Klocki Review: Walk That Line

The Good

No time pressures, energy systems or gating. Play at your own pace.

Mechanics are engaging, particularly when they must be used in tandem to complete a level.

The Bad

No menu system means not knowing where you are in the game.

You can get stuck pretty easily because there are no hints.

Puzzle fans know that the lifecycle of a puzzle game can sometimes be short, unlike match-3s with hundreds of auto-generated levels or RPGs with robust weekly events. If you’re a master solver, you are likely mining the app stores multiple times a week looking for a new challenge. The next time you’re in search of a mobile brain teaser, we recommend you try Klocki, a popular new puzzler which recently climbed the charts.

Klocki begins as a minimalist offering, with no tutorial, no menus and no explanations on how to proceed. Players are presented with a few tiles with broken lines atop them, and tapping will move the tiles. Once two line segments are connected and complete, they will illuminate; when all sections of the puzzle are illuminated, the image will zoom slightly to notify you’ve finished the level. Tapping will bring up the next puzzle and you’re left to figure out the mechanics.


Though there aren’t any instructions, with each new mechanic, you’re given a simplified puzzle to teach you how exactly to move, swipe, dial or tap your way to success. There aren’t any hints outside of the unique limitations of each puzzle component, but you’ll catch on quickly to each type of mechanic.

Puzzle fans will surely enjoy Klocki for several reasons. The game has no stressors, no time limits or move counts. It’s a relaxed, play-at-your-own-pace experience that will take up as much time as you want to give to it. It’s a reasonably priced premium game, so you also won’t face any in-app purchases or energy systems.

Klocki Review

The diversity of mechanics is truly impressive. With each new reveal and the subsequent combinations of previous mechanics, the puzzles become more complex, showcasing the ingenuity of the design. As you progress through the levels, you must learn the unique physics and rules of each component and put them together to solve the puzzle.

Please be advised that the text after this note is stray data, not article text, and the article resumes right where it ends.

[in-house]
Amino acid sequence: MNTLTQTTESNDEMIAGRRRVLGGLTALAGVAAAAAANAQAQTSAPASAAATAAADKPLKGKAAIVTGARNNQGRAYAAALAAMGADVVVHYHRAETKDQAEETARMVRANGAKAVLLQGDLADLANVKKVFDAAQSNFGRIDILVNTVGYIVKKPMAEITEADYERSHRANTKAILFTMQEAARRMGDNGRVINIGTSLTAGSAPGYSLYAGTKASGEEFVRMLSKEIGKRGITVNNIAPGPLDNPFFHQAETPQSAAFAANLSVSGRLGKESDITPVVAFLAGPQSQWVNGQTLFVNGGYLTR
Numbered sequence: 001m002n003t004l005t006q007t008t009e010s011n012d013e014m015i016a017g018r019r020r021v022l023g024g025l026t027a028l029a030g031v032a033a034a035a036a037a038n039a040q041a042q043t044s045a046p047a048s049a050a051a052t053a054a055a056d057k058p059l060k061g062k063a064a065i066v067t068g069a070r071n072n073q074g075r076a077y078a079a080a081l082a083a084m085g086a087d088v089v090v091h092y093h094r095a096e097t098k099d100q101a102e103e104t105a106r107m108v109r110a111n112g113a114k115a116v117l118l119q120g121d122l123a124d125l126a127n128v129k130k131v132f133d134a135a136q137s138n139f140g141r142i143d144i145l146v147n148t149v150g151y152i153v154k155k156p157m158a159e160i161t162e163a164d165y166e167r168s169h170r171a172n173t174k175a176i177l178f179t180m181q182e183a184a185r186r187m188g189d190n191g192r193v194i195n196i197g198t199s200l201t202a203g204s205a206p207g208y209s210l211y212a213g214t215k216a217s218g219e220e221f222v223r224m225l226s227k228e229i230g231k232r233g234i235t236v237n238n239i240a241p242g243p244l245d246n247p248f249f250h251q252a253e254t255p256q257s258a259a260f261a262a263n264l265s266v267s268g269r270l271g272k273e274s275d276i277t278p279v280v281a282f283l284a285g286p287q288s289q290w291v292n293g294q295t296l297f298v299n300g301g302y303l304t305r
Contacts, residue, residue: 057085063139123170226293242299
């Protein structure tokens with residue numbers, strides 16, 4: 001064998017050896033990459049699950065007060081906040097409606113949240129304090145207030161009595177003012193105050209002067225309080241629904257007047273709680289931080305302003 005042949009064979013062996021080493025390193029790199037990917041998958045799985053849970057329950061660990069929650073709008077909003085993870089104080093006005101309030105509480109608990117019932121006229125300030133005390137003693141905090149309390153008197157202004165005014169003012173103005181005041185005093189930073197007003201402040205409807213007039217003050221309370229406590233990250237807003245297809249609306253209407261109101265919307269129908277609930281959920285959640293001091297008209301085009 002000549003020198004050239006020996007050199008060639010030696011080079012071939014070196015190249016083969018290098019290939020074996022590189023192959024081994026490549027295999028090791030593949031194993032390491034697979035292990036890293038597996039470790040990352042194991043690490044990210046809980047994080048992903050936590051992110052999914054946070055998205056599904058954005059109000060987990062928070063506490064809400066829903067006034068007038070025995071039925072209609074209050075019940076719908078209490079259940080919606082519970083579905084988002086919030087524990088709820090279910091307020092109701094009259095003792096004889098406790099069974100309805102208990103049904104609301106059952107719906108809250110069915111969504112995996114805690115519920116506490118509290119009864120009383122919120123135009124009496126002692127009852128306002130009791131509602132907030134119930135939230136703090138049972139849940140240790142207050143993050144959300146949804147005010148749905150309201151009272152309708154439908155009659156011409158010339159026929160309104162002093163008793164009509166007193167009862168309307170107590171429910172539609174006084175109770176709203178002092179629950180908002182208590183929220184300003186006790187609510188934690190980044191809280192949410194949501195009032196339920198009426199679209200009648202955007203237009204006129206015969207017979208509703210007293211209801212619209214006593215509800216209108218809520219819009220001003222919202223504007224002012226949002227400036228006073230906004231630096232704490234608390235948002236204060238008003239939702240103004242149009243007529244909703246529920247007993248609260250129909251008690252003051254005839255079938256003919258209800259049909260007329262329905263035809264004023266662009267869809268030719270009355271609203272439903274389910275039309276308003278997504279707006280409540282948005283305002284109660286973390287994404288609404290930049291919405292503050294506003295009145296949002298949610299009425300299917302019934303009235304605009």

Perhaps the best part of the game is that there isn’t needless repetition of mechanics. Once you’ve learned how to do something, you’ll enjoy some additional complication or limitation which will push your problem solving further. It’s the type of game that makes you feel more clever as you play, with notably satisfying “a-ha” moments throughout.

Klocki Review

Because there is often more than one way to complete a puzzle, there is some replay value to the game. However, finding those best levels to replay is challenging without a main menu because you would need to tap back through the levels one at a time. Without that menu it is also difficult to know where you are in the game. I’m currently stuck on a level and have no idea how far I’ve gone, how much further I have to go, or how I’d even describe where I was to try to get help. I was quite sure I had solved this particular level, but with no illuminated tiles, I’m left to keep pushing things around aimlessly or just give up without knowing how much more I have to do. This lack of guiding information could be certainly frustrating to certain types of gamers.

Klocki is a great addition to the puzzle roster for those who love learning to utilize combinations of unusual mechanics or for those who enjoy complexity hidden within simplicity. Or is it simplicity hidden within complexity? Either way, you’ll have plenty of time to figure it out.

Content writer

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